Article / 15 April 2016 at 12:24 GMT

Global instability still dollar-positive

Head of Trading / The ECU Group plc
United Kingdom

  • IMF 'now calling for those that have fiscal space to use it'
  • Brexit debate, ongoing Greek issues point to difficulty of EU reform
  • USD likely to remain the beneficiary of global turmoil


When viewed from space, it's stunning; when viewed via 
current macroeconomic charts, not so much. Photo: iStock 

By Neil Staines

There is plenty to worry about” — Christine Lagarde

The International Monetary Fund's spring meeting has emitted a constant stream of downbeat comments over recent sessions despite the fact that the economic data have shown signs of stabilising globally over recent weeks. 

Following the global financial crisis, monetary policymakers, governments, global institutions (such as the IMF), and rating agencies were widely criticised for looking in the wrong direction (through rose-tinted spectacles?) when the crisis hit. 

At the current juncture, all are in danger of being guilty of the exact opposite. 

Furthermore, as fiscal monitors warn of a sharp increase in deficits and debt in emerging economies (as weaker growth and lower commodity prices weigh) and as deficits hit new highs, world government debt/GDP ratios rise. 

The IMF is now calling for those that have fiscal space to use it, stating that “monetary policy alone can not carry the growth burden”. The recommended near-term solution is that those with fiscal space should borrow more, and the long-term hope is more growth. 

Slow growth is a fact of life in the post-crisis world” — Olivier Blanchard

From our perspective, this strategy generates a number of concerns and one likely outcome.
Firstly, those economies that have fiscal space – Germany, for example – are not so keen on the idea. Secondly, it is not clear either that the macroeconomic backdrop is fundamentally as bad as feared or that ramping up global debt (arguably the root cause of the financial crisis) in order to stoke a recovery is the ideal strategy.

With much of the world stuck in either low growth or recession, and with two of the three biggest economic areas pursuing monetary activism of a form that is in our view not at all suited to the capital and/or savings dynamics of their economies, the macro climate is less-than-ideal. 

In the present circumstance, savers and owners of capital (such as the Eurozone and Japan) are punished by low or negative rates whereas borrowers and spenders (such as the US) are beneficiaries. 

The likely outcome, in our view, is a higher USD.

Our frustrations about the dislocation between economic activity and official rhetoric were redoubled overnight as the broad Chinese data for March showed further signs of stabilisation. Despite rising concerns over corporate leverage ratios (presumably by all but the IMF), the Chinese authorities appear to be in control of the growth transition.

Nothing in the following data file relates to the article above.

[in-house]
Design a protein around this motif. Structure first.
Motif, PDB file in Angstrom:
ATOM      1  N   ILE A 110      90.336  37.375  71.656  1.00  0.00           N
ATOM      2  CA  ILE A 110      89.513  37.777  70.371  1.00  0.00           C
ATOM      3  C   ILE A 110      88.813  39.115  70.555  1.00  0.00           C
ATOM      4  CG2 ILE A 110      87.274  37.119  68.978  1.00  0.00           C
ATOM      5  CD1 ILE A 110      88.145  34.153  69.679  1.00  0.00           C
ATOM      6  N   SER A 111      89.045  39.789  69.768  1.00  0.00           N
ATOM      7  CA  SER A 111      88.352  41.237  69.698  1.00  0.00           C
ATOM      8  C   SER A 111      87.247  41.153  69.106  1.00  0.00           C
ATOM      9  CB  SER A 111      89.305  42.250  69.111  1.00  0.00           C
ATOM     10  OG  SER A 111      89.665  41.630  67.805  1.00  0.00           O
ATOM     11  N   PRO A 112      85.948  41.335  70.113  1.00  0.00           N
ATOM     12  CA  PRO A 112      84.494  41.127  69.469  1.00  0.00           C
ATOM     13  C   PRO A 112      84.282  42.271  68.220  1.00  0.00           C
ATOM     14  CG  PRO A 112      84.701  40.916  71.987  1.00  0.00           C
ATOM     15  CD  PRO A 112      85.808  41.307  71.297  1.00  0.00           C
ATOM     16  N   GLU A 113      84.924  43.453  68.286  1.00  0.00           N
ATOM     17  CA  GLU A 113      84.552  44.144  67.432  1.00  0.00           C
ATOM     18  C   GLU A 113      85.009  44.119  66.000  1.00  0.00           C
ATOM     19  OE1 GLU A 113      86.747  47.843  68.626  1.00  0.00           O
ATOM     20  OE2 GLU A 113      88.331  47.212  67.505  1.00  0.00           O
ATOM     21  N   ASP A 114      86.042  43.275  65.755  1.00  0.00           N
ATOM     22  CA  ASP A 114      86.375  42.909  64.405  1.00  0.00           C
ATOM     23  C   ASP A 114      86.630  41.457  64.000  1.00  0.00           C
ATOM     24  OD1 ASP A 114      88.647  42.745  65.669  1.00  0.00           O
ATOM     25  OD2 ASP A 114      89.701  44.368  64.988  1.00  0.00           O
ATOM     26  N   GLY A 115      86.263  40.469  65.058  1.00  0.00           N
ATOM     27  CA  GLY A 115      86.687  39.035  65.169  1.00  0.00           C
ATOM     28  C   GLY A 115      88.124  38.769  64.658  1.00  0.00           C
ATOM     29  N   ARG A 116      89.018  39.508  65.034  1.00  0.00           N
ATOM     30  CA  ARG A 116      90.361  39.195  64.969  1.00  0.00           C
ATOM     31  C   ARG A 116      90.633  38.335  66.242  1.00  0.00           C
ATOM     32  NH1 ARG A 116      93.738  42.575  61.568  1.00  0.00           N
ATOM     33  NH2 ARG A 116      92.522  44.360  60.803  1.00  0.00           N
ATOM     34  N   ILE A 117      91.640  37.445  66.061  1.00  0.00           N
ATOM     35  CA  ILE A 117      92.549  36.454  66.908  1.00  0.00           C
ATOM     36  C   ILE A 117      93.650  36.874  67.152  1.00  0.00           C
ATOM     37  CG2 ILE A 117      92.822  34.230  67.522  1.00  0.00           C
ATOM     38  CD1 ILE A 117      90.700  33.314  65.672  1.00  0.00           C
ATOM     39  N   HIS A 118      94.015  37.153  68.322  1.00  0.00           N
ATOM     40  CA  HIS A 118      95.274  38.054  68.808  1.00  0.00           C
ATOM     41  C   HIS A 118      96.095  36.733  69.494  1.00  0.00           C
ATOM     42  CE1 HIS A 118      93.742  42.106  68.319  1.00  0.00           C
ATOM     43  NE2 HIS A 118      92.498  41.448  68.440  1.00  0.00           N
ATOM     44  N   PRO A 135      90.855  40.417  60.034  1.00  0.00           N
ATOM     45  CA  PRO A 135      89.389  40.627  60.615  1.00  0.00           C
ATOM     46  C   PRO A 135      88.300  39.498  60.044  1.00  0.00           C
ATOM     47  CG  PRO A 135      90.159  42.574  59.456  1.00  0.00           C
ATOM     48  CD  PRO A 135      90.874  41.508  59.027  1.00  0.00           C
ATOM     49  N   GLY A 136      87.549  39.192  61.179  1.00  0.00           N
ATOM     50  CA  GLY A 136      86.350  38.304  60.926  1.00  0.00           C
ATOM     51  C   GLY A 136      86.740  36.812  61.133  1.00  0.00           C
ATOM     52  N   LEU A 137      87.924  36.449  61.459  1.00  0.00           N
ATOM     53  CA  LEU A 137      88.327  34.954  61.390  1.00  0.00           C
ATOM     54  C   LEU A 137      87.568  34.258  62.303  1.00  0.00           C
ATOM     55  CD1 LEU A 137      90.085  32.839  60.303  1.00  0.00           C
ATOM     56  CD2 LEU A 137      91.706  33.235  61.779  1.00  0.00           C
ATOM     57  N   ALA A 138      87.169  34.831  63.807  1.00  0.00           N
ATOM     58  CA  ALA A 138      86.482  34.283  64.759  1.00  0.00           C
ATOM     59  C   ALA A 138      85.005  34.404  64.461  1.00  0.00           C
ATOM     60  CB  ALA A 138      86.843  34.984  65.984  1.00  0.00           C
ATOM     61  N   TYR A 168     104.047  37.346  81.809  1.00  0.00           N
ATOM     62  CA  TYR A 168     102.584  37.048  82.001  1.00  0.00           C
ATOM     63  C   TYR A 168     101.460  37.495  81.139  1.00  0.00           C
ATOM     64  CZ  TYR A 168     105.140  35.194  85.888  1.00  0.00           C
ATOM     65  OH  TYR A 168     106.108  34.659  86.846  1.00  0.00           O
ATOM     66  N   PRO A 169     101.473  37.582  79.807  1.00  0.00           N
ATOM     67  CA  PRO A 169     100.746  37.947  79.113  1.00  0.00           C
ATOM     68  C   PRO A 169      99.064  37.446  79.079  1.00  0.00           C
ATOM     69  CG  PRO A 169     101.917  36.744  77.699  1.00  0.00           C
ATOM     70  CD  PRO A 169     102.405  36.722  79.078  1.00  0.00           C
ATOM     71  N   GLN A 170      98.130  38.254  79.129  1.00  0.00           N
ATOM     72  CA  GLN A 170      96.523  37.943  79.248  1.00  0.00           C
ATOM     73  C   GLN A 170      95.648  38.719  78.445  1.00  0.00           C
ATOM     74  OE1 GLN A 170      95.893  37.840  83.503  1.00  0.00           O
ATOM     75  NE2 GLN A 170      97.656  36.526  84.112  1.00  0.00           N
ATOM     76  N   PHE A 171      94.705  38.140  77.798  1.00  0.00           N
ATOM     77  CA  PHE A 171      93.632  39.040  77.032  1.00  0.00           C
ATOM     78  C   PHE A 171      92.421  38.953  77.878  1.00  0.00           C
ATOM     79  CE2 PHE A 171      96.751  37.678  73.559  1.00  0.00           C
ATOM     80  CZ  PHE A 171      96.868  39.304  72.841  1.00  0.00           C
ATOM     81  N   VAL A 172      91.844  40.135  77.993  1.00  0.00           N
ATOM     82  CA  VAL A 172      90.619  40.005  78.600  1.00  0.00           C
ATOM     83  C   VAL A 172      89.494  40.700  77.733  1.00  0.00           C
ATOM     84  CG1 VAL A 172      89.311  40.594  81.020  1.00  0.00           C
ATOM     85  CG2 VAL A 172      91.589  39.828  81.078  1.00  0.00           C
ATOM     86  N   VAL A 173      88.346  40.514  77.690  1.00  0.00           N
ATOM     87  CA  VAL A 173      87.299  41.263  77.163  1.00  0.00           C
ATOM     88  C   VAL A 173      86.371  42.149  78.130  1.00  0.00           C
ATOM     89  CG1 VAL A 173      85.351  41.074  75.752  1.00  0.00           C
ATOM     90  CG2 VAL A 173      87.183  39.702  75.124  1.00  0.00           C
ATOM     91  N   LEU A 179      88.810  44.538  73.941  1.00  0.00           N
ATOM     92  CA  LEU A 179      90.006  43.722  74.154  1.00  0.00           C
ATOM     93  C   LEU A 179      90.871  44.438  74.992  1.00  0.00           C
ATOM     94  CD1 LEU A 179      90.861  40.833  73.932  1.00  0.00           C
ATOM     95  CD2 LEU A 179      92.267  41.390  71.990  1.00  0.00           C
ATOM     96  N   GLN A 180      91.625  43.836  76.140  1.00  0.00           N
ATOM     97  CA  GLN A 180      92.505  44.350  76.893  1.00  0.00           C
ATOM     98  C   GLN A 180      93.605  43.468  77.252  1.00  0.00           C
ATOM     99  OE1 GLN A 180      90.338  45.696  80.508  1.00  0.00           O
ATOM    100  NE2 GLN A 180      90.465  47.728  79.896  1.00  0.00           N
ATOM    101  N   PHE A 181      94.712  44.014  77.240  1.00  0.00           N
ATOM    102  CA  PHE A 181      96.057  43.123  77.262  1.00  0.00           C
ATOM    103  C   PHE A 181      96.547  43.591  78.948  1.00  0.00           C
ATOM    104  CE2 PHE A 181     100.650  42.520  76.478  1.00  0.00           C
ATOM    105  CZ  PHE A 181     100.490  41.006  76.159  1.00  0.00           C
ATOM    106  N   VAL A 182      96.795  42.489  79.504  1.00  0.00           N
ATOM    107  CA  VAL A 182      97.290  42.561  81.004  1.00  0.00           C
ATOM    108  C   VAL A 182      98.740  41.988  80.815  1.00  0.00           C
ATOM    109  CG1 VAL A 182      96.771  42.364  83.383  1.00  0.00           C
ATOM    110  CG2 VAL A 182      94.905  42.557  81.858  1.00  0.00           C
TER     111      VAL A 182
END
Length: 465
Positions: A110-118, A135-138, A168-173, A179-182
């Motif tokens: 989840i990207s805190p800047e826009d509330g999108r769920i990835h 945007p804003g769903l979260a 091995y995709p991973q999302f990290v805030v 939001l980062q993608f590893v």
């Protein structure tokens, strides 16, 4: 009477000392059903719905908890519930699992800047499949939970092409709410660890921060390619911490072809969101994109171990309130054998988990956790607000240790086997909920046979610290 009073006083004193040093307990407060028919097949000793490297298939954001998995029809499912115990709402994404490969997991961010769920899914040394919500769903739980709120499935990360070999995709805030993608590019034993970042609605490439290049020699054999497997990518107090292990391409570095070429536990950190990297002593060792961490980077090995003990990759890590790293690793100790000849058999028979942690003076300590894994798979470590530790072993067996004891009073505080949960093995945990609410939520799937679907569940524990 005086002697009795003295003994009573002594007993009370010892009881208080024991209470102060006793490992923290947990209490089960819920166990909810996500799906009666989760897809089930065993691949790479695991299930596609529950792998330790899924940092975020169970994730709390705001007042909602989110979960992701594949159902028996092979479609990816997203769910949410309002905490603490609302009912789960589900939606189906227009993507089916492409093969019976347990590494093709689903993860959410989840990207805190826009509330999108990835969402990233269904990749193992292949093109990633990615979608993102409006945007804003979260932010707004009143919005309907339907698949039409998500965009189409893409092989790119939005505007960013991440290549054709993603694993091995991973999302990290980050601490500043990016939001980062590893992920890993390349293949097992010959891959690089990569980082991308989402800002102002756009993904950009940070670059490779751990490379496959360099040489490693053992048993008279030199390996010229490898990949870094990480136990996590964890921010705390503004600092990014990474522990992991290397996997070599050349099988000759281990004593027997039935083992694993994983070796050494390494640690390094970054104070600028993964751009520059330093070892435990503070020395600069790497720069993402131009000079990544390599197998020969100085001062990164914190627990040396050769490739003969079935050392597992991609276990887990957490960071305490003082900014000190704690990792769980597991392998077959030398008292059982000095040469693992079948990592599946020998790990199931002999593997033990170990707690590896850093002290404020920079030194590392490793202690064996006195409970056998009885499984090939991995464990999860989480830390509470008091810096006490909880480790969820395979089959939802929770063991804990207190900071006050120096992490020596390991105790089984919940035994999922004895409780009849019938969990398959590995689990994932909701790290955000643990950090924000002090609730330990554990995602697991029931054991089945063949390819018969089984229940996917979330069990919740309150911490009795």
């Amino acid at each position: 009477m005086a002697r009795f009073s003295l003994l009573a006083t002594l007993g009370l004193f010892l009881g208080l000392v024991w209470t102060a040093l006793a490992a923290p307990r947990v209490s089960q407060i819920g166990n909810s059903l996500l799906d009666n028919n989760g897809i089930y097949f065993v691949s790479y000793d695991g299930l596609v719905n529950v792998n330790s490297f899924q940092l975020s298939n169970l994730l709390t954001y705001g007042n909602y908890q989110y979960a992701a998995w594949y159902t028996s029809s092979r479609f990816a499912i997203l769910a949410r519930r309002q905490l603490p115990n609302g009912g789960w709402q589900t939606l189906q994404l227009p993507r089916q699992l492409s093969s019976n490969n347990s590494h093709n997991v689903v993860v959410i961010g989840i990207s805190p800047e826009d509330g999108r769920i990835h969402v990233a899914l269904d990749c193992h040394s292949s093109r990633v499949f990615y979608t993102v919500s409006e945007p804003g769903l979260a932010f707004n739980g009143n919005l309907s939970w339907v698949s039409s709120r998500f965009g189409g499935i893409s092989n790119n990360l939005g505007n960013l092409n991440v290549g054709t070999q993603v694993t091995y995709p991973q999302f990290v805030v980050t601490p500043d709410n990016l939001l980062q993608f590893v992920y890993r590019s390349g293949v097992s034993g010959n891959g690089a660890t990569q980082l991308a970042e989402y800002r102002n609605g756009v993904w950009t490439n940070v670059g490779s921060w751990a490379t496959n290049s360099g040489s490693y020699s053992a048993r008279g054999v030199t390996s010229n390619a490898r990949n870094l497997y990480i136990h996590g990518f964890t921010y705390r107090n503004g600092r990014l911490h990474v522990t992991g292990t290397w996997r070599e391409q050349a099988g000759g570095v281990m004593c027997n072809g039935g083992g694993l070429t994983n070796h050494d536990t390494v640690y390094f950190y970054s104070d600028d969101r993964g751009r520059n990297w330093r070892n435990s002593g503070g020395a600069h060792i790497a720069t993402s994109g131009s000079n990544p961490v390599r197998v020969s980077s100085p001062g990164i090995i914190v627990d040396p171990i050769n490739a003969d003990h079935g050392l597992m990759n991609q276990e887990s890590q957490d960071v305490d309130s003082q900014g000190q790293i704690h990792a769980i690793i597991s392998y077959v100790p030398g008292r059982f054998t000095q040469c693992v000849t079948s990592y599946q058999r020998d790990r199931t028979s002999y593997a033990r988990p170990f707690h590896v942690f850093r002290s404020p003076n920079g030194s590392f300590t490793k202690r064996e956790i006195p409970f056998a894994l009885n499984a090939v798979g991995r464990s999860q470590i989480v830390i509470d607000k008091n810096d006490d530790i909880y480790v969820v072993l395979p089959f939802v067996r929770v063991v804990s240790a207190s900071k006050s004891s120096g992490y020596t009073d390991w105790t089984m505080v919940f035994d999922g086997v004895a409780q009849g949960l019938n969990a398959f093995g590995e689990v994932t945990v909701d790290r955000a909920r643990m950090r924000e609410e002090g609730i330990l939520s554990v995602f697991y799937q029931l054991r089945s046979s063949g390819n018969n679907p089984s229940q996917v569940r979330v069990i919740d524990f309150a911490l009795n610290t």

This is a global economic positive, even if Chinese service sector growth does nothing for the rest of the world. 

The EU is not just unreformed, it is unreformable  Nigel Lawson

Over recent sessions, the Brexit debate has also heated up. As the official leaflet on "why the government believes that voting to remain in the European Union is the best decision for the UK" lands on British doormats, the Bank of England increased their warnings of a “prolonged period of instability in the UK”. 

What is perhaps more interesting from our point of view, however, is the impact and implications of a Brexit for the remainder of the EU and indeed the Eurozone. From our perspective, this is a significant risk that is yet to be adequately priced by the markets.

Dutch finance minister and Eurogroup President Jeroen Dijsselbloem yesterday urged the UK to work on concerns inside the EU, concerns that he stated are widely shared within the union. However, the fact that the EU, EC and IMF are still unable to find a way forward among themselves – let alone with Greece in the neverending Greek debt saga – leads us to agree with Lawson.   

Checkpoint charlie

One still hopes that the lack of EU reforms – and even reformability –
does not return us to the era of "papers, please". Photo: iStock

"Hope is a waking dream" — Aristotle

With little data today, attention will be drawn to the oil summit in Doha over the weekend. While expectations have likely already surpassed realistic levels, it is is also true that just getting the relevant people together is a step in the right direction. 

The market's opening on Sunday will most likely be driven by the headlines that emanate from Qatar. In the near term, liquidity and participation remain low in financial markets, but we retain our medium term view that the USD is the likely beneficiary of the current global economic and geopolitical trajectory.

— Edited by Michael McKenna

Neil Staines is head of trading at The ECU Group


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